Over the years, it has been routinely stated as fact by self-appointed experts there is no such thing as earthquake weather in Los Angeles. But real Angelinos know better from past personal experience and collective memory. This is especially so in East L.A. where such shaky foundation in professional thinking gives over to down-to-earth, centuries-old traditions and commonly believed old wives tales have been time-tested until they are essentially the same as true.
All one had to do was observe any snake trails in the dirt near the ravines that lined the tiny yards of the small terra cotta houses. They could then see their erratic behavior from that of the side-winders to that of a more frenetic slide to note something was askew.
Arturo noticed this frantic action as he studied the marine life in the back of his apartment. His mother did not like him spending so much time near the often fetid and stagnant green water. To him, it was more alive than the world around him. His Tia Lupe had first told him to watch the snakes if he wanted to know when the next earthquake would come.
She told him the snakes were receptive to the vibrations deep within the earth. This made sense to young Arturo. Snakes were belly-close to the ground and could sense things humans could not. He knew his mother did not like him near the ravine but the arroyo was the closest thing near their Pico Rivera neighborhood to a park.
The ravine was an always changing world to Arturo. During the wintry rainy season, the arroyo would sometimes flood and he would look out from the safety of his rain-flecked window as the water steadily rose, first as a small stream and then to a rushing torrent when the rainy seasons came.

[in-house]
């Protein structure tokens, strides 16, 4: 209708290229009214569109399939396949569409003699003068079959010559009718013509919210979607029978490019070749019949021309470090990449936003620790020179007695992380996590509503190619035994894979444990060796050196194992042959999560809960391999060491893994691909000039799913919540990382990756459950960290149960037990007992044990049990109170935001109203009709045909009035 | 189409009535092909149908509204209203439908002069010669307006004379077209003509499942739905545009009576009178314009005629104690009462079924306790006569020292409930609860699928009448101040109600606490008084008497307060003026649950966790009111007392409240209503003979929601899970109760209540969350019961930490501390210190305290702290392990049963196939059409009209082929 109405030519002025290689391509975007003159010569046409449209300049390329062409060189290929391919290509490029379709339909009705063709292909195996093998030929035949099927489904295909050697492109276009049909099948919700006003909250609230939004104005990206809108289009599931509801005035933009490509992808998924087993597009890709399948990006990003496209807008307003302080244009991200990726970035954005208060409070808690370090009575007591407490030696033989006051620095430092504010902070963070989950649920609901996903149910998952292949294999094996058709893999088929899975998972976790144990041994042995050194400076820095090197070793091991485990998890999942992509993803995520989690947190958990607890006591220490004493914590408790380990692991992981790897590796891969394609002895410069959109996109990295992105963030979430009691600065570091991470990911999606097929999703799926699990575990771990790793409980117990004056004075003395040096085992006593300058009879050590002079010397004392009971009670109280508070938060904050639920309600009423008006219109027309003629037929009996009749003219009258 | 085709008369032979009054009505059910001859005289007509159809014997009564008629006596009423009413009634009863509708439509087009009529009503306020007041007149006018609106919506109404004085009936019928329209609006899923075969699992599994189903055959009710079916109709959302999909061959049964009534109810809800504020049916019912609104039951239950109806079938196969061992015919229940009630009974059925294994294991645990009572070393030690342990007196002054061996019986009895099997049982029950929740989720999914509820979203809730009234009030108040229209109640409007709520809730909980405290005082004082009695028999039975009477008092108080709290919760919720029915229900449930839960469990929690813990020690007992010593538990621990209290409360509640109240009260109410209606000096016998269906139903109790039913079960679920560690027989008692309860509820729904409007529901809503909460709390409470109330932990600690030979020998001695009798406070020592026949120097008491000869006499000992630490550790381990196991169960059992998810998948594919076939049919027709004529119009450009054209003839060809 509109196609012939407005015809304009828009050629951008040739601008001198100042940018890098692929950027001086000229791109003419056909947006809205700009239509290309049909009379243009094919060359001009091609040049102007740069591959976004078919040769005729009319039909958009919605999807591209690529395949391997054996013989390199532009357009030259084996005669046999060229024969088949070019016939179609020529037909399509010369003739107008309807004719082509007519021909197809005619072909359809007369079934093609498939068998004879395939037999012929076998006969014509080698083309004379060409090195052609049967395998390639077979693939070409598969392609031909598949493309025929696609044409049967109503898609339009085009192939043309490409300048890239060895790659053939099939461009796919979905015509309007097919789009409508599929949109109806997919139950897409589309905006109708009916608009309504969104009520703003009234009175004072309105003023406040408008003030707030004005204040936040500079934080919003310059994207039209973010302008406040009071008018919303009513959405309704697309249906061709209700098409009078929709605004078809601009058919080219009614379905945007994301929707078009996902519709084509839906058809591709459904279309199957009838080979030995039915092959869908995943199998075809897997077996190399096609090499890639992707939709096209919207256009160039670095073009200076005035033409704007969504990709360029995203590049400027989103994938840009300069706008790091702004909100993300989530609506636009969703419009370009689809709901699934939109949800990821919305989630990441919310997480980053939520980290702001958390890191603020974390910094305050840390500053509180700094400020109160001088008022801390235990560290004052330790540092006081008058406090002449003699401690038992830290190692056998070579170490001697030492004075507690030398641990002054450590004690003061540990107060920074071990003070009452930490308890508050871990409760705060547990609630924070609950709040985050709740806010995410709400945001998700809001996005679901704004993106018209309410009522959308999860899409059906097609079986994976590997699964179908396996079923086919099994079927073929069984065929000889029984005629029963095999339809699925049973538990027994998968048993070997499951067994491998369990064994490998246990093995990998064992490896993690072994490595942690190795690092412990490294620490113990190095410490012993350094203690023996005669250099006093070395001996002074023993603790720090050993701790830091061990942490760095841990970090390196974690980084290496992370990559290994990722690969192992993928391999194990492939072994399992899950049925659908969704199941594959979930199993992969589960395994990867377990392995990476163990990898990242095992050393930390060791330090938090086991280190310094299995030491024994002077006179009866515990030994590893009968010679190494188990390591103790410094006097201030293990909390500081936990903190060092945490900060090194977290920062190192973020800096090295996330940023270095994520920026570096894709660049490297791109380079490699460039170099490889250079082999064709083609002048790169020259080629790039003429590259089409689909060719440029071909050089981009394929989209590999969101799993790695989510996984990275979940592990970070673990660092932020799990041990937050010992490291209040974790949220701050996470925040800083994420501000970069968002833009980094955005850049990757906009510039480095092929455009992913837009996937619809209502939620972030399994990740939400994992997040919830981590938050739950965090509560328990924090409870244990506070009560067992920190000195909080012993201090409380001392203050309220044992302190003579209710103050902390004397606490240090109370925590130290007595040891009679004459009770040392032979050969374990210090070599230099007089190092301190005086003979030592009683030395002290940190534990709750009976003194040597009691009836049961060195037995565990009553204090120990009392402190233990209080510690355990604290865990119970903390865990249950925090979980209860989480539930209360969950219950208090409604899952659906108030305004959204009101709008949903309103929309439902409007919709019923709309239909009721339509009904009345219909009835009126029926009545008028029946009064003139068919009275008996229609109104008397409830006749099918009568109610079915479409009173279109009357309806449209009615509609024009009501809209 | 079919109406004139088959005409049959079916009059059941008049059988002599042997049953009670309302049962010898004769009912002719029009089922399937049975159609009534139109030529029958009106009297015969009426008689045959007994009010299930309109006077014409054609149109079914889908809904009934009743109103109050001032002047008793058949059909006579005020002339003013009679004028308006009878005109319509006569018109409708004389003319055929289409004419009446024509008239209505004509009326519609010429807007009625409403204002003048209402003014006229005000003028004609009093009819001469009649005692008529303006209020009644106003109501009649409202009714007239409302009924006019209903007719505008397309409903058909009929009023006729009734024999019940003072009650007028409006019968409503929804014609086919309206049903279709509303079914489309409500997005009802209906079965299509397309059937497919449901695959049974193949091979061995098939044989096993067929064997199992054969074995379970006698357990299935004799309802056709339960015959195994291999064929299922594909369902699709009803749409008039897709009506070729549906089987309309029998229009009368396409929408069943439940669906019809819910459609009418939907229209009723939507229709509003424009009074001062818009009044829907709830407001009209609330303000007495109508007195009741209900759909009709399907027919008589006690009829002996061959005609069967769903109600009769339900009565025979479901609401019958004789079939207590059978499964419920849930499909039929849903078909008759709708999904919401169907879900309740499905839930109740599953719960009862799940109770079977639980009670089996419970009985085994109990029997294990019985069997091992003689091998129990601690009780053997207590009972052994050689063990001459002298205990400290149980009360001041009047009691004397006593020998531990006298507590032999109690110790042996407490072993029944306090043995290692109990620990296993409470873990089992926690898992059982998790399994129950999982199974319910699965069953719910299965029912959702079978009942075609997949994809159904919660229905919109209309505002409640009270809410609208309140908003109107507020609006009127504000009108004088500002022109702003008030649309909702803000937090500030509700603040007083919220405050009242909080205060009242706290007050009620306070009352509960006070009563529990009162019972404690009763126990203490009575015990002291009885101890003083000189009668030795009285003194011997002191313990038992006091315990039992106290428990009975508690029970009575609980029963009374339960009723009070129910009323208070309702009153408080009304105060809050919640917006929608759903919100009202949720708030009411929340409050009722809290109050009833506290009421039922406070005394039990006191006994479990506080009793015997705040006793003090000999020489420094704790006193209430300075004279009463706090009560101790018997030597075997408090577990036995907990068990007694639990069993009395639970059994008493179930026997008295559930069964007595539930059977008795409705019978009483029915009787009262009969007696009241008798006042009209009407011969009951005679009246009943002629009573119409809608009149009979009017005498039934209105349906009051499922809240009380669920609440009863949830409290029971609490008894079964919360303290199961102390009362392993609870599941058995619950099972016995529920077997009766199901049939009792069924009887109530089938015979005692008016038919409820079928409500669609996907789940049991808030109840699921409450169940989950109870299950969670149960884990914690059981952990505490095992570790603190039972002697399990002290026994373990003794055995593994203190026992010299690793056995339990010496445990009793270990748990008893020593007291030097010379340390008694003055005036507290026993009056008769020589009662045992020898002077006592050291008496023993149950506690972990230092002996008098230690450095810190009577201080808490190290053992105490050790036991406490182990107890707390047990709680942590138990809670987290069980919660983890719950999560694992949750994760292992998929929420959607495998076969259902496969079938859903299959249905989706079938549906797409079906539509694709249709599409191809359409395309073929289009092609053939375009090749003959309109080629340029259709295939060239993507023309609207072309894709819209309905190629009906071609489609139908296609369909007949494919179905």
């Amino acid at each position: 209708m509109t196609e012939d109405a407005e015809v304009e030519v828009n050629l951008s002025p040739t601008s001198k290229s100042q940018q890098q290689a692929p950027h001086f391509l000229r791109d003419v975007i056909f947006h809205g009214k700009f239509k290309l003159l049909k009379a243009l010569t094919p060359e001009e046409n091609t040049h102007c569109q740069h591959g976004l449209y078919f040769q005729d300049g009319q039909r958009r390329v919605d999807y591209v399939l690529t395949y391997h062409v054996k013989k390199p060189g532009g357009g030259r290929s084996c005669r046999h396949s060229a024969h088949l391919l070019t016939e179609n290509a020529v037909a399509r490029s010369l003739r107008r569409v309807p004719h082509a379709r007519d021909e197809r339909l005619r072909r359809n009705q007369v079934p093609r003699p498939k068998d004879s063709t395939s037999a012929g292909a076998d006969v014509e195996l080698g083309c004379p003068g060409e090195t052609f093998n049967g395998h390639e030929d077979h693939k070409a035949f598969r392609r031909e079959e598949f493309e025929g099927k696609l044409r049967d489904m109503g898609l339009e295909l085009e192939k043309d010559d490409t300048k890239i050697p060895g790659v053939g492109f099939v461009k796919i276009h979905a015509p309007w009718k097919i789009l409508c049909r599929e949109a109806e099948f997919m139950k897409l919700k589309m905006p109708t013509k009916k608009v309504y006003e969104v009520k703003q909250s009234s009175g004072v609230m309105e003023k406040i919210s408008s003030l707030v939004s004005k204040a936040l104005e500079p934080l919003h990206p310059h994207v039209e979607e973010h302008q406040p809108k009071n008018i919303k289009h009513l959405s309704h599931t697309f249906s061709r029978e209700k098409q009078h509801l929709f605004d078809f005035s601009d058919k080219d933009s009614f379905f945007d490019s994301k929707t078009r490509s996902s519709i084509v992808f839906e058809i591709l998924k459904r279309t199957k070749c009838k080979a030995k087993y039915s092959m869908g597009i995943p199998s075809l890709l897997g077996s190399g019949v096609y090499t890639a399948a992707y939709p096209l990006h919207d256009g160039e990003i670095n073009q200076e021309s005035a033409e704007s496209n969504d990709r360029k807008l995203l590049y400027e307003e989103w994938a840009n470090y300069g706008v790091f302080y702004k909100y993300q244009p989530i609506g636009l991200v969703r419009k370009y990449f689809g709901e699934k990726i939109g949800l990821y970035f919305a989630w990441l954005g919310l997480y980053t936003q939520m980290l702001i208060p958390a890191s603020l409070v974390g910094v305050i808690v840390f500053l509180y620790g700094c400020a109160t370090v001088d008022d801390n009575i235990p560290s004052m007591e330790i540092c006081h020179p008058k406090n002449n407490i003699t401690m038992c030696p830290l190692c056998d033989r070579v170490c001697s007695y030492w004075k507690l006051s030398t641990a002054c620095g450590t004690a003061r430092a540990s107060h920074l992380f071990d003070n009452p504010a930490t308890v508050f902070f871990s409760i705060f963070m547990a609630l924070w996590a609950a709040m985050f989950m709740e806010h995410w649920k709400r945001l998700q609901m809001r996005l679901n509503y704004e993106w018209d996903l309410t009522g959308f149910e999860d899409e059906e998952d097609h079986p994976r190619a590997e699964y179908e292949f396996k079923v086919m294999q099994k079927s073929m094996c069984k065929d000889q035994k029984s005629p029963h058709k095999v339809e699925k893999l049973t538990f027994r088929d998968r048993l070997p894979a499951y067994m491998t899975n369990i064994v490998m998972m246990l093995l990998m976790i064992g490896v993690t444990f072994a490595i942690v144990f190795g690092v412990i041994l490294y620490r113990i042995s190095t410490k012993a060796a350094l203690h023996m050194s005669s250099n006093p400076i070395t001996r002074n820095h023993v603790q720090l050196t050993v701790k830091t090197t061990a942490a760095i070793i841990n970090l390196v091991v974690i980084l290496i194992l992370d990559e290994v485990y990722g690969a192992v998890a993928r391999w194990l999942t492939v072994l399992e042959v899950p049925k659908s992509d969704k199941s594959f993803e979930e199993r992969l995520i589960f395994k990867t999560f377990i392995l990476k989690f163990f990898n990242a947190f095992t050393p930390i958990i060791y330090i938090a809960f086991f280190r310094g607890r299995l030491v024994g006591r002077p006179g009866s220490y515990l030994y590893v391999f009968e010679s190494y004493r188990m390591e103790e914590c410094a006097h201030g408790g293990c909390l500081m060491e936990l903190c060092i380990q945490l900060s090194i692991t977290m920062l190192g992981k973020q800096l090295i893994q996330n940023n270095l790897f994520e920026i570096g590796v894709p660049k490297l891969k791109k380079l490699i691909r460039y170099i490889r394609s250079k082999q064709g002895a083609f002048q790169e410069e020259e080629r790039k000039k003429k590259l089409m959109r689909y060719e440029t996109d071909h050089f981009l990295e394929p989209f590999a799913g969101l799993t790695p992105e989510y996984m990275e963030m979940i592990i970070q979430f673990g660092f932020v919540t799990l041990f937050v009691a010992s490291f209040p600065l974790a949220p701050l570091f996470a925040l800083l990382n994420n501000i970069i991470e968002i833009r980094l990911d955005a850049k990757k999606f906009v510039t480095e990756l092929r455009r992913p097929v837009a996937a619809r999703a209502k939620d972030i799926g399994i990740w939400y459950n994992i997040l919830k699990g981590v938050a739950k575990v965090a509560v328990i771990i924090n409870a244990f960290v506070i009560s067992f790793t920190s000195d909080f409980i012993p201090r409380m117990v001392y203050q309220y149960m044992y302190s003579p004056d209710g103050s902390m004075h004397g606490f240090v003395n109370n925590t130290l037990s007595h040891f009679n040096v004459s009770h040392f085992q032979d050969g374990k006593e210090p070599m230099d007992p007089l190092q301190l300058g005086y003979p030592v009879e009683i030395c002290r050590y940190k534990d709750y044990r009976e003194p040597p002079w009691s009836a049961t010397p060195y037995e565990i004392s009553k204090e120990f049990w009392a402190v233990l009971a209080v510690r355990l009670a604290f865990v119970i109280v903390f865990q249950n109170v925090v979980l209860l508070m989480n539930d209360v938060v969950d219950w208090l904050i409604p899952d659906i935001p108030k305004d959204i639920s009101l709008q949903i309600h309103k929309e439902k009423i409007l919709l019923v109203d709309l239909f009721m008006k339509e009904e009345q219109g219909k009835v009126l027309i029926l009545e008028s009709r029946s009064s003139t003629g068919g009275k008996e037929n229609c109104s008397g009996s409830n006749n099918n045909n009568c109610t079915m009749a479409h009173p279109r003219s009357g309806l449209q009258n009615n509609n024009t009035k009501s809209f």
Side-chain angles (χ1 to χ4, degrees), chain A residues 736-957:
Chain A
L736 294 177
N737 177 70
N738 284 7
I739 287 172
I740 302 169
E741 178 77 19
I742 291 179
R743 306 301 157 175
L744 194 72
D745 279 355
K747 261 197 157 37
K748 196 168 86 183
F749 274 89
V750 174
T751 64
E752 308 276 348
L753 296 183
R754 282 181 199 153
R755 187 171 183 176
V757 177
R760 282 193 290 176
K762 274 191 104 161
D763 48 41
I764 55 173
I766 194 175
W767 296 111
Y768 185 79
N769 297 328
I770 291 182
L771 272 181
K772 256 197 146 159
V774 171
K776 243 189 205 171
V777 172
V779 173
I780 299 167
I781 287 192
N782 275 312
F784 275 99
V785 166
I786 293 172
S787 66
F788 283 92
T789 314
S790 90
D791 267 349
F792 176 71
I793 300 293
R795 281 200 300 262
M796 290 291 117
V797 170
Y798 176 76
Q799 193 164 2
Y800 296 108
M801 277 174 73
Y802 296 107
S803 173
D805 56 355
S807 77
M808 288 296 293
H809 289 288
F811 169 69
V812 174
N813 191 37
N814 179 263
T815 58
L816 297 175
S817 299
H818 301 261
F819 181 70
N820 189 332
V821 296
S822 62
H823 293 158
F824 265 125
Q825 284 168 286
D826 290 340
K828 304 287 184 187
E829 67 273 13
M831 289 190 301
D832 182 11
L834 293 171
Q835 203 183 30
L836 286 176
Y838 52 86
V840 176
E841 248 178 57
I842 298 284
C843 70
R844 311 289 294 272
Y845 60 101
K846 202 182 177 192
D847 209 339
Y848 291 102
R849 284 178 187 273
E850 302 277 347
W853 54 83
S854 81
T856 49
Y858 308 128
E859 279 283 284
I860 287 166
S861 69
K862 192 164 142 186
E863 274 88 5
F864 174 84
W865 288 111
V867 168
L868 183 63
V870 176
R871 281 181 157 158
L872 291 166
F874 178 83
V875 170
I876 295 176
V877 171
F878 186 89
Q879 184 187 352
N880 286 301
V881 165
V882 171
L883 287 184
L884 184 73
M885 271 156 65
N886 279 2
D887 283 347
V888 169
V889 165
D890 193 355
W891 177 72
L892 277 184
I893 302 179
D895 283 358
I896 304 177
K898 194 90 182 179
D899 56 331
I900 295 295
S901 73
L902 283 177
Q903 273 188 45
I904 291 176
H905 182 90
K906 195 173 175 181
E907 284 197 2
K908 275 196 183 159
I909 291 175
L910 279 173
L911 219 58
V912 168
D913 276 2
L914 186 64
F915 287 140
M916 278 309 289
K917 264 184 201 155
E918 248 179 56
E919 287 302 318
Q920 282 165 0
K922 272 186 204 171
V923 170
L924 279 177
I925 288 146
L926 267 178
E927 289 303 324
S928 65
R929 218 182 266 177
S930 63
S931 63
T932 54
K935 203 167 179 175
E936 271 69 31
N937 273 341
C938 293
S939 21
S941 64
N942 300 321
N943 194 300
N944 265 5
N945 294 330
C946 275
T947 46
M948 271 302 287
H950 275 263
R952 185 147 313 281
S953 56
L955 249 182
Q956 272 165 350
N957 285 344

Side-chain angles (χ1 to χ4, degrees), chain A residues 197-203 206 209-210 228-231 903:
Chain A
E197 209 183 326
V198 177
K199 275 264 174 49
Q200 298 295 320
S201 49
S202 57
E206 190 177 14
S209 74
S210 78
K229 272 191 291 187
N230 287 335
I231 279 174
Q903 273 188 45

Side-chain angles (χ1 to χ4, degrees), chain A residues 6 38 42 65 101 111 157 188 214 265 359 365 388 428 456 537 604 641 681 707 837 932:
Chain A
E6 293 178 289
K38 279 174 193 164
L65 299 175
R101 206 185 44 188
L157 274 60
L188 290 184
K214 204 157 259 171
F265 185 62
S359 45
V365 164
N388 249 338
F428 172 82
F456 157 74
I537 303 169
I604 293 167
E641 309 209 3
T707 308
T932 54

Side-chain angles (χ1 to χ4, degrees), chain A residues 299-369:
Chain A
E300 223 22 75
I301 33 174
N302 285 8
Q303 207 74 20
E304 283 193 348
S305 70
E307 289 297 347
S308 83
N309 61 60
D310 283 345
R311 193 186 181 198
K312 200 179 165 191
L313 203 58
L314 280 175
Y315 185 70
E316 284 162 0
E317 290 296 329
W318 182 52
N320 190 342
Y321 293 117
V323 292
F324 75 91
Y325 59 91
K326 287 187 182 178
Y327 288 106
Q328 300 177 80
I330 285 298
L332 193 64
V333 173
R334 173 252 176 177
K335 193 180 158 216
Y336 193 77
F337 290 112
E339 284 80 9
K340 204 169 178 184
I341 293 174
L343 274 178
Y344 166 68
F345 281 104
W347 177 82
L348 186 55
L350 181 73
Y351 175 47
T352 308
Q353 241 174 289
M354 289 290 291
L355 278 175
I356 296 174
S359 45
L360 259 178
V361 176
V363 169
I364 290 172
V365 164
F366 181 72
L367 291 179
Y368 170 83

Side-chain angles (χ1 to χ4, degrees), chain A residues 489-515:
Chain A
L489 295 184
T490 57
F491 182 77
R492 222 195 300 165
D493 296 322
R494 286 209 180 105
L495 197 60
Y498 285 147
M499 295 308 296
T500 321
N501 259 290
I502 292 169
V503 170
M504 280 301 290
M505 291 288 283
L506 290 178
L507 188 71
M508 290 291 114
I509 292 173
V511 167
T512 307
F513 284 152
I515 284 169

During such storms, he had seen the water nearly crest to the top of the ravine wall and slap loudly against the cement sides as it rushed swiftly by in a frightening display of raw power. Once, he had seen a couch go by and not long after that, a screaming man being carried by the torrential surge.
But the ravine was quiet now and bone dry in these scorching summer months. He didn’t need a park, as he and his skateboarding buddies had a better place to practice their ollies, flips and no comply moves. Plus there were no police like in the supermarket parking lots or the business parks that closed at 5. The ravines were as much their own ecosystem as another world. He loved to hear his voice echo down the causeway traveling to parts unknown.
Every now and then they’d have to beware of a transient who stumbled drunkenly down the ravine or a few lost coyotes, misplaced by new construction in the foothills, but for the most part, this was their private fortress against civilization.
When water flowed regularly down the ravine, Arturo was amazed by the different souvenirs of life he could find; coins, broken sunglasses, a smashed cell phone, shoes without heels, a watch here, a tossed wallet there, panties, a school book, condoms and balloons. Sometimes if he and his friend were lucky, there was a faded dirty magazine that they would dry out on the banks in the sun to literally unfold life’s mysteries if the pages weren’t frustratingly stuck together or maybe even someone’s work badge but usually it was just garbage that would surge down the pike; with lots of plastic bags from every supermarket chain and bodega in town.